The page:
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U.S SC limits President’s Power in Curbing Emission

2 min read

Shashwati Chowdhury

Published on: July 1, 2022 at 17:16 IST

The Supreme Court on Thursday limited how the nation’s main anti-air pollution law can be used to decrease carbon dioxide emissions from power plants, dealing a blow to the fight against climate change.

The court said that the Clean Air Act does not grant the Environmental Protection Agency broad authority to regulate greenhouse gas emissions from power plants that contribute to global warming by a vote of 6-3, with conservatives in the majority.

The court’s decision might make the administration’s plans to tackle climate change more complicated. By year’s end, a proposal to regulate emissions from power plants is expected.

By the end of the decade, President Joe Biden wants to cut the nation’s greenhouse gas emissions in half, and by 2035, he wants the power sector to be emissions-free. Roughly 30% of carbon dioxide emissions come from power plants.

The arguments were heard on the same day that a United Nations panel issued a report warning that the effects of climate change are about to get much worse, the world is expected towards becoming sicker, hungrier, poorer, and more dangerous in the coming years, 

The history of the power plant case is lengthy and complicated and starts with the Clean Power Plan under the Obama administration. According to that plan, states would have had to shift away from of coal-fired power plants in order to reduce emissions from the generation of electricity.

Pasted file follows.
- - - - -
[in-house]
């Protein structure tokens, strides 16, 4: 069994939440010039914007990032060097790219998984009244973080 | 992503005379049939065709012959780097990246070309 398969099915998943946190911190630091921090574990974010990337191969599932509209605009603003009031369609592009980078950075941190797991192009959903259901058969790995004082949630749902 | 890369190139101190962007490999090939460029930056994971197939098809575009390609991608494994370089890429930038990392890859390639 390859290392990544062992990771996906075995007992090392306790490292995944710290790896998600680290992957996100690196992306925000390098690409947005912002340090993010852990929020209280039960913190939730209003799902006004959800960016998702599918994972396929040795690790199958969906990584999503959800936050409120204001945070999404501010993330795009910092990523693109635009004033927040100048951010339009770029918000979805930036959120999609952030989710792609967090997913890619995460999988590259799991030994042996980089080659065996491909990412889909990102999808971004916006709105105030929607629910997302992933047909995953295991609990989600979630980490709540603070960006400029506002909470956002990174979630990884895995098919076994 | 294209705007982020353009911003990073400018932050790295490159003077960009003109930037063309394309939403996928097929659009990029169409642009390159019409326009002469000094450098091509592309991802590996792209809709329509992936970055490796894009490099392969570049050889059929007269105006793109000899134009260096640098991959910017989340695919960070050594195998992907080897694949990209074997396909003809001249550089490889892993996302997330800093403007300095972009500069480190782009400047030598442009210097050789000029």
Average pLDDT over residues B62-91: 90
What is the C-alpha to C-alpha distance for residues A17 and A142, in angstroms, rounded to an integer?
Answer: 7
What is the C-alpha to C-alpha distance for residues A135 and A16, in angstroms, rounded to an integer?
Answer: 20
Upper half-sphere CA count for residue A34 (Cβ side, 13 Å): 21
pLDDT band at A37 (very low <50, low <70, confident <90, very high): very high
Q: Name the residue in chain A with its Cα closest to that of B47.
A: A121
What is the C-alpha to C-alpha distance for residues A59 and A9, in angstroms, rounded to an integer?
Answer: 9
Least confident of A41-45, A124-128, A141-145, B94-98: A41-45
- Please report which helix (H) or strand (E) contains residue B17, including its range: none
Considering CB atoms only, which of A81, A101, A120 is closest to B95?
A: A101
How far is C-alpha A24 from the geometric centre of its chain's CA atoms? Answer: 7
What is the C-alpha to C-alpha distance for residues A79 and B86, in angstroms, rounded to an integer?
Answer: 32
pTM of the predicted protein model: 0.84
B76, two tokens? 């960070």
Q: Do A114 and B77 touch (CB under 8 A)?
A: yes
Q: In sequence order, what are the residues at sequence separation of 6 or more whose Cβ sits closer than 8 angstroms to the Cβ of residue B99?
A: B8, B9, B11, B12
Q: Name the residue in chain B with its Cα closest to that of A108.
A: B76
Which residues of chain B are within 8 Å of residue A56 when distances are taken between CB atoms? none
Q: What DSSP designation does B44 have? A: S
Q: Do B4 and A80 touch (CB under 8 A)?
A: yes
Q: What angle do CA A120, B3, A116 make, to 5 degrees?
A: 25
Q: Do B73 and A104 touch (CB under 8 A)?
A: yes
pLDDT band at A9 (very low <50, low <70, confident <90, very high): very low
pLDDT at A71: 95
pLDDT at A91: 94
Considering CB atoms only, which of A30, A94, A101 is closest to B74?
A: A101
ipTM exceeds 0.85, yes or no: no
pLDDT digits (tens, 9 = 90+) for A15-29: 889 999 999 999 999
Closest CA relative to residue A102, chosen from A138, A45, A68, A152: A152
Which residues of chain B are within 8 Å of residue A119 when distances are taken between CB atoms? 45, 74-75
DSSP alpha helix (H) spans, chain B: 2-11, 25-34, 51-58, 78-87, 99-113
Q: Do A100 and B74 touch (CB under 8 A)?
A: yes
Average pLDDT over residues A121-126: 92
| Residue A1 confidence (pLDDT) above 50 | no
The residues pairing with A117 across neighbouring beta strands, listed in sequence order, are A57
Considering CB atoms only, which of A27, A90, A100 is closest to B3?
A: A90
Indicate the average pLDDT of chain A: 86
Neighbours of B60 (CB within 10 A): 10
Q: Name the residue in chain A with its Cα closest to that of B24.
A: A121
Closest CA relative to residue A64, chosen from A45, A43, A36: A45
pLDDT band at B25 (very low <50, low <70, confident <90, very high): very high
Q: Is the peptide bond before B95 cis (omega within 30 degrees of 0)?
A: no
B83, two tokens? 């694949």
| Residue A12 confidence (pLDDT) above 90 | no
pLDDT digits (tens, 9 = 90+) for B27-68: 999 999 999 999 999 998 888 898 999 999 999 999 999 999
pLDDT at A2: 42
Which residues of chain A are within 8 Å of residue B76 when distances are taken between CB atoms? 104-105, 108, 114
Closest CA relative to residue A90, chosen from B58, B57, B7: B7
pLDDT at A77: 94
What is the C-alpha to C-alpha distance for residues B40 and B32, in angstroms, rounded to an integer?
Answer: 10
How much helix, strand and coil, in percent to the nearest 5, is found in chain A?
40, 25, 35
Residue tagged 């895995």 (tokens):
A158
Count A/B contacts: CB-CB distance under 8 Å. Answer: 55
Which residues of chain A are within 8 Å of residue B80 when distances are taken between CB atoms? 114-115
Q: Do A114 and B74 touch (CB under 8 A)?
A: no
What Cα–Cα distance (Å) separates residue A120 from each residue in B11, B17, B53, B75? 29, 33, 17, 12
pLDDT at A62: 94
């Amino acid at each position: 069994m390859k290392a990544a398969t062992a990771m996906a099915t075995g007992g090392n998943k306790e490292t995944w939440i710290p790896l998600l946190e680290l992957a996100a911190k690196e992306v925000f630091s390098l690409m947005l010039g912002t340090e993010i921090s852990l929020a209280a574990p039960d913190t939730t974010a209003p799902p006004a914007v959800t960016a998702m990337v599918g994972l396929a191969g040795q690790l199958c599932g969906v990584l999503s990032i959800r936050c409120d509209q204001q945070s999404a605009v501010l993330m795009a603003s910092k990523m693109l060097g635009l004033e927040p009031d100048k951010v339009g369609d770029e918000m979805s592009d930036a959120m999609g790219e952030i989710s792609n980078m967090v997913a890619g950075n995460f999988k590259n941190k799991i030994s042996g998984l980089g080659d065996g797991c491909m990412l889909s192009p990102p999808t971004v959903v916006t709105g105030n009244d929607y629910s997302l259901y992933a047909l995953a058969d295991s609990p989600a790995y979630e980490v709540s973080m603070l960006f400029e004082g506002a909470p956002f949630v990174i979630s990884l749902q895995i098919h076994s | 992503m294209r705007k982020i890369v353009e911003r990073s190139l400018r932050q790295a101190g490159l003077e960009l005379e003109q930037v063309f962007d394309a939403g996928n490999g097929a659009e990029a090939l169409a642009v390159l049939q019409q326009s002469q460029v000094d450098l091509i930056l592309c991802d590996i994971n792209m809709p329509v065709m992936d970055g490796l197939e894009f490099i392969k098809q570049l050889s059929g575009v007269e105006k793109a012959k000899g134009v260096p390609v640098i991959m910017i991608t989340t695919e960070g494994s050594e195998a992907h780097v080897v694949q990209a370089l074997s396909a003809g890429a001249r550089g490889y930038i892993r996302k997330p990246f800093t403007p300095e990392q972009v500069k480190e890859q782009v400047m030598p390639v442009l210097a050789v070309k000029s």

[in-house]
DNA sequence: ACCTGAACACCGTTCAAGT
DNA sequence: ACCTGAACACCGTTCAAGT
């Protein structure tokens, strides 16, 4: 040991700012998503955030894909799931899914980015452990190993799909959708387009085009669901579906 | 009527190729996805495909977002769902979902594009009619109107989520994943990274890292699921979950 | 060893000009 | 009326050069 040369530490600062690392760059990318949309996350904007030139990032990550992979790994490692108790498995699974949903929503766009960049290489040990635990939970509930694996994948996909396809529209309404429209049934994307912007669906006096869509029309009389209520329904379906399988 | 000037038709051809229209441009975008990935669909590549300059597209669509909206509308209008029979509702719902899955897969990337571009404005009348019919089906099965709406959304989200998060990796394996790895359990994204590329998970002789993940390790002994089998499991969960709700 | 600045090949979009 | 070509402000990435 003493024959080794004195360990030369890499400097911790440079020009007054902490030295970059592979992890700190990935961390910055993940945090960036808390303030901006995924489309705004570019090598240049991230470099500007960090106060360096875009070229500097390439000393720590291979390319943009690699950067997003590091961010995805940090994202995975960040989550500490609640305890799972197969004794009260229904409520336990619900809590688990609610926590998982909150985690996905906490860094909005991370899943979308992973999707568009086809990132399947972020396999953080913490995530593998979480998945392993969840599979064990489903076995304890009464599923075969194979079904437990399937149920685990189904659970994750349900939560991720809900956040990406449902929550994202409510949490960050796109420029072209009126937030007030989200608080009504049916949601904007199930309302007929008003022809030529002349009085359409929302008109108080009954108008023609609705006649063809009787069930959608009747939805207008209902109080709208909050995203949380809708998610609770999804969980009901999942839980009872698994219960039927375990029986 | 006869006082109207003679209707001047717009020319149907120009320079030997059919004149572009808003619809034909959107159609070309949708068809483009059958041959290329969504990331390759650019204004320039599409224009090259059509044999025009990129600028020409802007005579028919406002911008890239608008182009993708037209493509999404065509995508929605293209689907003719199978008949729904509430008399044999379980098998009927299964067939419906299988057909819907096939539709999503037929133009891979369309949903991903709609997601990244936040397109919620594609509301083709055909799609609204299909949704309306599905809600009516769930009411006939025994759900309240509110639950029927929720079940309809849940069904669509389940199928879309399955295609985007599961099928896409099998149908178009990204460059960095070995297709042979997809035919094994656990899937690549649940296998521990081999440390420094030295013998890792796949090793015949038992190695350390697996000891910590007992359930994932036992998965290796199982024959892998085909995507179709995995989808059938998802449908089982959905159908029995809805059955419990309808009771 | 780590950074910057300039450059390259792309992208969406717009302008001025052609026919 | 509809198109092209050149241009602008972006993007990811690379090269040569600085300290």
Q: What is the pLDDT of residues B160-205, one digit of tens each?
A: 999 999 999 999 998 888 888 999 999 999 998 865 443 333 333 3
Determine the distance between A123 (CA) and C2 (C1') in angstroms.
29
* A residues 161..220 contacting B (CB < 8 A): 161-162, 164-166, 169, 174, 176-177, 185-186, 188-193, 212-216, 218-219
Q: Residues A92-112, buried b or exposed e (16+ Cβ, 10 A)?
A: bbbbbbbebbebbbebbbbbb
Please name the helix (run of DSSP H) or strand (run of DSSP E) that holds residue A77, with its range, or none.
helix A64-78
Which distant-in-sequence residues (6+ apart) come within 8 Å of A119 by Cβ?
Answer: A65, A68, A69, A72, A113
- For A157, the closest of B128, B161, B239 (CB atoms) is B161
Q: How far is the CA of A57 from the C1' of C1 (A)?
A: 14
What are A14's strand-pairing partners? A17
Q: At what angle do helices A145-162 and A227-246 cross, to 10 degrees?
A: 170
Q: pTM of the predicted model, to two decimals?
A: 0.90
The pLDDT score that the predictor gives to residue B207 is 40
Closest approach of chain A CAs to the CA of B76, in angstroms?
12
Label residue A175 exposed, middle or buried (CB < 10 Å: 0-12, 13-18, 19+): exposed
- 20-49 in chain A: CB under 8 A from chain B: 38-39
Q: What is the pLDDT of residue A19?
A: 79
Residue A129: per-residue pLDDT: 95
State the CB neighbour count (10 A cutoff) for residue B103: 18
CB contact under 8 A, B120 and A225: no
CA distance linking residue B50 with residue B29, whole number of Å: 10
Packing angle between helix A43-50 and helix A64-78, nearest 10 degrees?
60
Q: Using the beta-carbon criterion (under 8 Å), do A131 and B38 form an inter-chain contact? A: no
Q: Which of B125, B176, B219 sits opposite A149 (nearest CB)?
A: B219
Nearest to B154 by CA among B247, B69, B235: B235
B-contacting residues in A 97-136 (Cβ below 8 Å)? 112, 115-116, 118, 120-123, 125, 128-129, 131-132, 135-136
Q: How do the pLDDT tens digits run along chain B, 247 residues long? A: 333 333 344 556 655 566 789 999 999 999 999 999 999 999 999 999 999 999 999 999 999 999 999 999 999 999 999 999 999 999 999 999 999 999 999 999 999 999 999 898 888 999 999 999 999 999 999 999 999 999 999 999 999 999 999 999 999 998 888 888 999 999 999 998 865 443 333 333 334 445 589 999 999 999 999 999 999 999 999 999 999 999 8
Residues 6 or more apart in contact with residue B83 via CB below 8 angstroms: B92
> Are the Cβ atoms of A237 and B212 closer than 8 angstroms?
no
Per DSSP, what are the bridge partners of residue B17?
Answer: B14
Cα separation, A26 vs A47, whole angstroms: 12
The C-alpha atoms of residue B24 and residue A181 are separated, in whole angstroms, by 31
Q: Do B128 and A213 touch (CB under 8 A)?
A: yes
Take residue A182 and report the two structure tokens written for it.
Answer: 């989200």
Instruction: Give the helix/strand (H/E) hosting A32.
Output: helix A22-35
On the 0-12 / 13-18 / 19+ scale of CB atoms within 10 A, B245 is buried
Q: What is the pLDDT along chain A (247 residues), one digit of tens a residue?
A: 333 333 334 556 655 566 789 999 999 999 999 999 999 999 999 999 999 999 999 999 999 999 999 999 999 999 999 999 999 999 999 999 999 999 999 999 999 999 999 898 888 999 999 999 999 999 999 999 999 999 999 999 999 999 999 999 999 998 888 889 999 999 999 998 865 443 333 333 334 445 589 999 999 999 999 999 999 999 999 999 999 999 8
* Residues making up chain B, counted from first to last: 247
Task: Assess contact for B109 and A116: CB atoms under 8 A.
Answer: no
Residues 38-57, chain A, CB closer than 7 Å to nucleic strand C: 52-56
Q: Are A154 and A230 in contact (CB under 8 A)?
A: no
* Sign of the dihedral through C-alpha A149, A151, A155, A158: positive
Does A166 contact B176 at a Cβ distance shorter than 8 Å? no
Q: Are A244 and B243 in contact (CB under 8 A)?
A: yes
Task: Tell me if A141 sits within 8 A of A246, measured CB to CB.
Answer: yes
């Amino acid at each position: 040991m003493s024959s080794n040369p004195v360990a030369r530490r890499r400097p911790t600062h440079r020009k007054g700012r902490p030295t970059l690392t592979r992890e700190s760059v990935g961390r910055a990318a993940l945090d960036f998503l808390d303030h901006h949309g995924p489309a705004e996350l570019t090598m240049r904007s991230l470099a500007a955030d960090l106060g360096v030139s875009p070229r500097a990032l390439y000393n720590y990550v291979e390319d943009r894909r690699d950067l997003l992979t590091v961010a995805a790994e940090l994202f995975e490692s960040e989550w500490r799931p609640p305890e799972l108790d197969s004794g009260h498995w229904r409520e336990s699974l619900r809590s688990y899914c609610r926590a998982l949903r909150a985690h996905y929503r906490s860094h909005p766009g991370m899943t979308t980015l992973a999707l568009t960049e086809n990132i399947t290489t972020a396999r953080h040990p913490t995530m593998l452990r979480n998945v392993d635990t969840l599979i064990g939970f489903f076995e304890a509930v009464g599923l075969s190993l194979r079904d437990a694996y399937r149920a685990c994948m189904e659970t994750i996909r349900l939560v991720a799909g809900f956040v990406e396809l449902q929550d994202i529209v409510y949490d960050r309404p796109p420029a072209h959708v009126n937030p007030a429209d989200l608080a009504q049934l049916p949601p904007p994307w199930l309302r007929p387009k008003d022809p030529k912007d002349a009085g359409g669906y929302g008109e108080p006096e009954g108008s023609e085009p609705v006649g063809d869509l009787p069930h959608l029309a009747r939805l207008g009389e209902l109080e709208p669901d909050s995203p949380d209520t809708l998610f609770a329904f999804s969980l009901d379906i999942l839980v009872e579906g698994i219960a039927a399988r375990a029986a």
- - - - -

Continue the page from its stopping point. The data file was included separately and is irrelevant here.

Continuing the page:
But that plan never happened. By a decision of 5-4, with conservatives in the majority, the Supreme Court blocked it in 2016 in response to a lawsuit brought by West Virginia and others.

The plan was put on hold, but the legal battle against it continued. But the EPA repealed the Obama-era plan once President Donald Trump took office. The agency argued that its authority to cut carbon emissions was limited, so it came up with a new plan that significantly reduced the role of the federal government.

The Trump plan was challenged in court by New York, 21 other, mainly Democratic states, the District of Columbia, and some of the biggest cities in the nation. The repeal and the new plan both were ruled against by the federal appeals court in Washington, and as a result, nothing was left in effect while the new administration drafted a new policy.